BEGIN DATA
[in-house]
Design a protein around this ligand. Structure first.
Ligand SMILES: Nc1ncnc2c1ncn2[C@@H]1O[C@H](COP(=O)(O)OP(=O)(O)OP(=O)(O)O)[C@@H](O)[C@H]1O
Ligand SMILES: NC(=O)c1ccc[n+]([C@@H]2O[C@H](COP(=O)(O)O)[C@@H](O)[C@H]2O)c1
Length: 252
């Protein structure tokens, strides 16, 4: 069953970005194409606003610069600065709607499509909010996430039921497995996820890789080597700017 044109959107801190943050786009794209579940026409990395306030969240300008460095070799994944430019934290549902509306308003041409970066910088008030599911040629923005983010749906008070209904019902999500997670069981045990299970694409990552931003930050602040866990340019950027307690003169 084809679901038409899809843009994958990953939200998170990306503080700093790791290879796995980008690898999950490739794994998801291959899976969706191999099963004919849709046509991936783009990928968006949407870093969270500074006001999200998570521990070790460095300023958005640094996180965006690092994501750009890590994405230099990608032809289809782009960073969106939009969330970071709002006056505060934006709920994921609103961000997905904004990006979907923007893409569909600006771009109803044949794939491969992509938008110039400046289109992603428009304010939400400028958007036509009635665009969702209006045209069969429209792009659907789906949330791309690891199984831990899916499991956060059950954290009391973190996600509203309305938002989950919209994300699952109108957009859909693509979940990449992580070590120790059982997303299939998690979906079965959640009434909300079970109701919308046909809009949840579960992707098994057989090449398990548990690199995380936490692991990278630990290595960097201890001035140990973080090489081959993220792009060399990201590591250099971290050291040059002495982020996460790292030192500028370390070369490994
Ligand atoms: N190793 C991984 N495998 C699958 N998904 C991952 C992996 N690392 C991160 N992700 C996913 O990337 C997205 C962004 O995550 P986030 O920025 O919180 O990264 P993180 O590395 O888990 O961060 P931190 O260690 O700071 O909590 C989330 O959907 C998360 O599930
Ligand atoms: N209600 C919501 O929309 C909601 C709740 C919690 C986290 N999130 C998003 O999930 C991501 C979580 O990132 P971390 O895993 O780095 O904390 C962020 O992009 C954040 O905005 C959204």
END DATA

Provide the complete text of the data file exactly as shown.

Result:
[in-house]
Design a protein around this ligand. Structure first.
Ligand SMILES: Nc1ncnc2c1ncn2[C@@H]1O[C@H](COP(=O)(O)OP(=O)(O)OP(=O)(O)O)[C@@H](O)[C@H]1O
Ligand SMILES: NC(=O)c1ccc[n+]([C@@H]2O[C@H](COP(=O)(O)O)[C@@H](O)[C@H]2O)c1
Length: 252
């Protein structure tokens, strides 16, 4: 069953970005194409606003610069600065709607499509909010996430039921497995996820890789080597700017 044109959107801190943050786009794209579940026409990395306030969240300008460095070799994944430019934290549902509306308003041409970066910088008030599911040629923005983010749906008070209904019902999500997670069981045990299970694409990552931003930050602040866990340019950027307690003169 084809679901038409899809843009994958990953939200998170990306503080700093790791290879796995980008690898999950490739794994998801291959899976969706191999099963004919849709046509991936783009990928968006949407870093969270500074006001999200998570521990070790460095300023958005640094996180965006690092994501750009890590994405230099990608032809289809782009960073969106939009969330970071709002006056505060934006709920994921609103961000997905904004990006979907923007893409569909600006771009109803044949794939491969992509938008110039400046289109992603428009304010939400400028958007036509009635665009969702209006045209069969429209792009659907789906949330791309690891199984831990899916499991956060059950954290009391973190996600509203309305938002989950919209994300699952109108957009859909693509979940990449992580070590120790059982997303299939998690979906079965959640009434909300079970109701919308046909809009949840579960992707098994057989090449398990548990690199995380936490692991990278630990290595960097201890001035140990973080090489081959993220792009060399990201590591250099971290050291040059002495982020996460790292030192500028370390070369490994
Ligand atoms: N190793 C991984 N495998 C699958 N998904 C991952 C992996 N690392 C991160 N992700 C996913 O990337 C997205 C962004 O995550 P986030 O920025 O919180 O990264 P993180 O590395 O888990 O961060 P931190 O260690 O700071 O909590 C989330 O959907 C998360 O599930
Ligand atoms: N209600 C919501 O929309 C909601 C709740 C919690 C986290 N999130 C998003 O999930 C991501 C979580 O990132 P971390 O895993 O780095 O904390 C962020 O992009 C954040 O905005 C959204």